Drawn from Henry James’s “The Altar of the Dead” and “The Beast of the Jungle,” La chambre verte is one of François Truffaut’s oddest and most deeply affecting films. It is set ten years after the end of the Great War and was made ten years after Jean-Luc Godard’s mobilization of street protest against the firing of Henri Langlois as director of the Cinémathèque Française (February 1968). Truffaut and Godard had been fellow critics at Cahiers du cinéma, among those who founded the nouvelle vague, and close friends. Their subsequent and ferociously bitter falling-out, as Godard held true to their original sympathies and extended these politically leftward while Truffaut pursued bourgeois adulation and a bourgeois career, is encapsulated in Godard’s response to Truffaut’s La nuit americaine (Day for Night, 1973), both in the form of a personal letter to this former compatriot and the film Numéro Deux/Essai Titres (1975). Truffaut would call Godard an imposter and an egotist. Truffaut’s death from brain cancer in 1984, Godard would say, left him “feeling nothing.”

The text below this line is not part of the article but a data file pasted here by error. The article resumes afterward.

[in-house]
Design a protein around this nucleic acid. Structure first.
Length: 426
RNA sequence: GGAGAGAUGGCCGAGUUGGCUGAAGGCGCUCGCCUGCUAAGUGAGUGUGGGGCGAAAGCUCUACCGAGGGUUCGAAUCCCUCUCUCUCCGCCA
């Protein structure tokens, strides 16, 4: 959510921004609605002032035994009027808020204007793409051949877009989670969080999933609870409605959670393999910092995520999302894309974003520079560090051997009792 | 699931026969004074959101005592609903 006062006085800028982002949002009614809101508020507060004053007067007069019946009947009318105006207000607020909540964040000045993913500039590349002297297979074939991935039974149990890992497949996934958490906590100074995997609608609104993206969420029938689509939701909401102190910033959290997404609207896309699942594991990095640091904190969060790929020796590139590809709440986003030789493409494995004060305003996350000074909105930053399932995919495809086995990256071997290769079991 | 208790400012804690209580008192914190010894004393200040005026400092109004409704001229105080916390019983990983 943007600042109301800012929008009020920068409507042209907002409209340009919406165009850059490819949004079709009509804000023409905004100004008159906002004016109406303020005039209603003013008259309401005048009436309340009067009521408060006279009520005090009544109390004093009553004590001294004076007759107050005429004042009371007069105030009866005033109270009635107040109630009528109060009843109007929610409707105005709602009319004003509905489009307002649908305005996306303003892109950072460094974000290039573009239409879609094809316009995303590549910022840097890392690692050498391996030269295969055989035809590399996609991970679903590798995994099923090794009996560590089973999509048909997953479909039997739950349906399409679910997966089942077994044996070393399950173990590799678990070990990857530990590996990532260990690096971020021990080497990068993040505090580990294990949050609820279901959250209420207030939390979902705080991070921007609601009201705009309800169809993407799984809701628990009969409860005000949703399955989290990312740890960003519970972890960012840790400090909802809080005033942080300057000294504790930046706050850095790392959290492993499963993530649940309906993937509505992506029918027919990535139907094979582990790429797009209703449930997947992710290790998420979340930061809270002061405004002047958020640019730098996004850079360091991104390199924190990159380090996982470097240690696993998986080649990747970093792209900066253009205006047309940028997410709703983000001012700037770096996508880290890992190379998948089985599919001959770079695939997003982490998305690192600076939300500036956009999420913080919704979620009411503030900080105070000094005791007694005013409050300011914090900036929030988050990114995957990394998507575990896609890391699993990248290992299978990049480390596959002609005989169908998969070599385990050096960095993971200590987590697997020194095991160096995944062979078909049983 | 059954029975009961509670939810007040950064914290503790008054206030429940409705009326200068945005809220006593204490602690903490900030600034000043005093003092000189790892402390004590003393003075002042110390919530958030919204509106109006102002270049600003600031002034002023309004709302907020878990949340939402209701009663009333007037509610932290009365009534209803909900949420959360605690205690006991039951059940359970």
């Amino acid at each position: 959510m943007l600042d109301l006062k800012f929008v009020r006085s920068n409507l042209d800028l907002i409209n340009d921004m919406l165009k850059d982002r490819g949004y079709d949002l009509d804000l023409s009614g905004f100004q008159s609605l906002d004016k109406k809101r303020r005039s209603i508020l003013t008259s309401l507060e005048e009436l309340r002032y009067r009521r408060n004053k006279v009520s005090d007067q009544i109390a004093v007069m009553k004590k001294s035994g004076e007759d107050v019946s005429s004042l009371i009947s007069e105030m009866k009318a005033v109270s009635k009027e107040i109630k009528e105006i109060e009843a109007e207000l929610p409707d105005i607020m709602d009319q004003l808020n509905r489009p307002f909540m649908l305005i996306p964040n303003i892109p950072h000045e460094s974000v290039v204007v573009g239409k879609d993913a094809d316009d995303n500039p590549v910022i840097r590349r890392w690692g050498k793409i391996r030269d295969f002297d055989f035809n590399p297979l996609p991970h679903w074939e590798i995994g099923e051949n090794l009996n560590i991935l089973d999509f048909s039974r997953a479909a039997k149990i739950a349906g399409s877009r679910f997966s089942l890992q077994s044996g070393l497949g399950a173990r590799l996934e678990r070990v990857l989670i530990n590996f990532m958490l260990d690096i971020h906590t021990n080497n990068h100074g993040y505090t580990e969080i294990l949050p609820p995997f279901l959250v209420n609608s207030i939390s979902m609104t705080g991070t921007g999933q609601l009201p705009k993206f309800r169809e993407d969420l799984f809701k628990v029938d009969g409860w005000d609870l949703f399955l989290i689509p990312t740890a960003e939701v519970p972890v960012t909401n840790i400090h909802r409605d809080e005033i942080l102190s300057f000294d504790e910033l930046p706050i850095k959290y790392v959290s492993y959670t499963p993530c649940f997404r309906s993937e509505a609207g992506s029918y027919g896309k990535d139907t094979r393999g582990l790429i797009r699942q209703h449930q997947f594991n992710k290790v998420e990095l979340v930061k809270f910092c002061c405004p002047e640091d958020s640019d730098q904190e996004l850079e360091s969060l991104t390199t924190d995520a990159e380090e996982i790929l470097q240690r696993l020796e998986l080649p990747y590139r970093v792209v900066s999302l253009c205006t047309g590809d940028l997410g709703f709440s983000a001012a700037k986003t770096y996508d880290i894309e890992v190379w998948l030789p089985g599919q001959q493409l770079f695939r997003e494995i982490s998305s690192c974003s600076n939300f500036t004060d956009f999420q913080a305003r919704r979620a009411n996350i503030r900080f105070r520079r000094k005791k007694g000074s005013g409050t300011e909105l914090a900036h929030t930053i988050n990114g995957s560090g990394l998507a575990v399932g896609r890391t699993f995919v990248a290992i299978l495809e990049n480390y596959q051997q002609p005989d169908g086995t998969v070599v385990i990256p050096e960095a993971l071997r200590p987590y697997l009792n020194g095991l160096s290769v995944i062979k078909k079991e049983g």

It is perhaps not a stretch to find in the disintegration of the Godard-Truffaut friendship signs of the wreckage of Leftist dreams in European politics that the Soviet invasion of Czechoslovakia, also in 1968, launched. But what interests me at the moment in all this is Truffaut’s Green Room in light of the lost friendship. Julien Davenne, who writes obituaries and devotes his heart to commemorating his dead wife and dead friends, is played by Truffaut himself. One other deceased soul obsesses Davenne: Paul Masigny, the close friend who, he feels, betrayed him. I cannot say whether Truffaut was conscious of what I am about to suggest, but I have no doubt that it participates in the meaning of this film: Masigny suggests Godard.
Others have pursued other interpretive paths in Truffaut’s film. My own contribution may be therefore minor. However, I find it clarifies how Truffaut, consciously or otherwise, tried to grapple with the loss of what had been an important friendship. For me, this is what makes the film a bleeding event.
Truffaut wasn’t the best actor around, as this film reminds us. But that misses the point, doesn’t it? This is one part he himself had to play.
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